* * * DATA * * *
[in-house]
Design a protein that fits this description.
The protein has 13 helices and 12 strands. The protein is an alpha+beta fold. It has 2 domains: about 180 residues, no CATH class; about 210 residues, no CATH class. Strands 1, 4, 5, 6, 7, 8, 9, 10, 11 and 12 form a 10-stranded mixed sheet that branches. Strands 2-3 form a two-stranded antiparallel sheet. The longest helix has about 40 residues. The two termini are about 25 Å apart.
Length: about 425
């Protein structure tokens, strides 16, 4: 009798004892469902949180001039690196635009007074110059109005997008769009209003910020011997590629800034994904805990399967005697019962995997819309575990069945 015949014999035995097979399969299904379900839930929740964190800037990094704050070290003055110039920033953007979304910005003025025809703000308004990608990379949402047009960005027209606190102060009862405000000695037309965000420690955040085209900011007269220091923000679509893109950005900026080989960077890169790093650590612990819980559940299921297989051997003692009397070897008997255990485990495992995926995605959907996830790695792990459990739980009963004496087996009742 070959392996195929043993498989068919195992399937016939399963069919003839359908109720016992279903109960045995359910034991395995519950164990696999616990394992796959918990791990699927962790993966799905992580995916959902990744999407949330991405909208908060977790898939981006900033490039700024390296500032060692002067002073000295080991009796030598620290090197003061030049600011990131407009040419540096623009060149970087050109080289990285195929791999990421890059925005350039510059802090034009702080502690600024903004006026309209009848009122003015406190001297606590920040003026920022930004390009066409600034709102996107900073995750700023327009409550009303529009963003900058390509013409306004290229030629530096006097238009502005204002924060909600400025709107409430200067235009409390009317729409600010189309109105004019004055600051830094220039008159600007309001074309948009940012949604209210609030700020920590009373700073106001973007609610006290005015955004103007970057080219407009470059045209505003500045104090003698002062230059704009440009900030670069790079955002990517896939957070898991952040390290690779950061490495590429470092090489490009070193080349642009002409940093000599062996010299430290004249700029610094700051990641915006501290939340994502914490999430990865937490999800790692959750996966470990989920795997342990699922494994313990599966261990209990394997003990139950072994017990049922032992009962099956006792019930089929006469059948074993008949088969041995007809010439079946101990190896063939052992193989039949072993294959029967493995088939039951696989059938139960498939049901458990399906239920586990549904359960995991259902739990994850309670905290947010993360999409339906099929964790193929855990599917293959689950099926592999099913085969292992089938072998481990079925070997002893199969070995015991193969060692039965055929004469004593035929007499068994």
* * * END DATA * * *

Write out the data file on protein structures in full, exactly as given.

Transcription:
[in-house]
Design a protein that fits this description.
The protein has 13 helices and 12 strands. The protein is an alpha+beta fold. It has 2 domains: about 180 residues, no CATH class; about 210 residues, no CATH class. Strands 1, 4, 5, 6, 7, 8, 9, 10, 11 and 12 form a 10-stranded mixed sheet that branches. Strands 2-3 form a two-stranded antiparallel sheet. The longest helix has about 40 residues. The two termini are about 25 Å apart.
Length: about 425
């Protein structure tokens, strides 16, 4: 009798004892469902949180001039690196635009007074110059109005997008769009209003910020011997590629800034994904805990399967005697019962995997819309575990069945 015949014999035995097979399969299904379900839930929740964190800037990094704050070290003055110039920033953007979304910005003025025809703000308004990608990379949402047009960005027209606190102060009862405000000695037309965000420690955040085209900011007269220091923000679509893109950005900026080989960077890169790093650590612990819980559940299921297989051997003692009397070897008997255990485990495992995926995605959907996830790695792990459990739980009963004496087996009742 070959392996195929043993498989068919195992399937016939399963069919003839359908109720016992279903109960045995359910034991395995519950164990696999616990394992796959918990791990699927962790993966799905992580995916959902990744999407949330991405909208908060977790898939981006900033490039700024390296500032060692002067002073000295080991009796030598620290090197003061030049600011990131407009040419540096623009060149970087050109080289990285195929791999990421890059925005350039510059802090034009702080502690600024903004006026309209009848009122003015406190001297606590920040003026920022930004390009066409600034709102996107900073995750700023327009409550009303529009963003900058390509013409306004290229030629530096006097238009502005204002924060909600400025709107409430200067235009409390009317729409600010189309109105004019004055600051830094220039008159600007309001074309948009940012949604209210609030700020920590009373700073106001973007609610006290005015955004103007970057080219407009470059045209505003500045104090003698002062230059704009440009900030670069790079955002990517896939957070898991952040390290690779950061490495590429470092090489490009070193080349642009002409940093000599062996010299430290004249700029610094700051990641915006501290939340994502914490999430990865937490999800790692959750996966470990989920795997342990699922494994313990599966261990209990394997003990139950072994017990049922032992009962099956006792019930089929006469059948074993008949088969041995007809010439079946101990190896063939052992193989039949072993294959029967493995088939039951696989059938139960498939049901458990399906239920586990549904359960995991259902739990994850309670905290947010993360999409339906099929964790193929855990599917293959689950099926592999099913085969292992089938072998481990079925070997002893199969070995015991193969060692039965055929004469004593035929007499068994």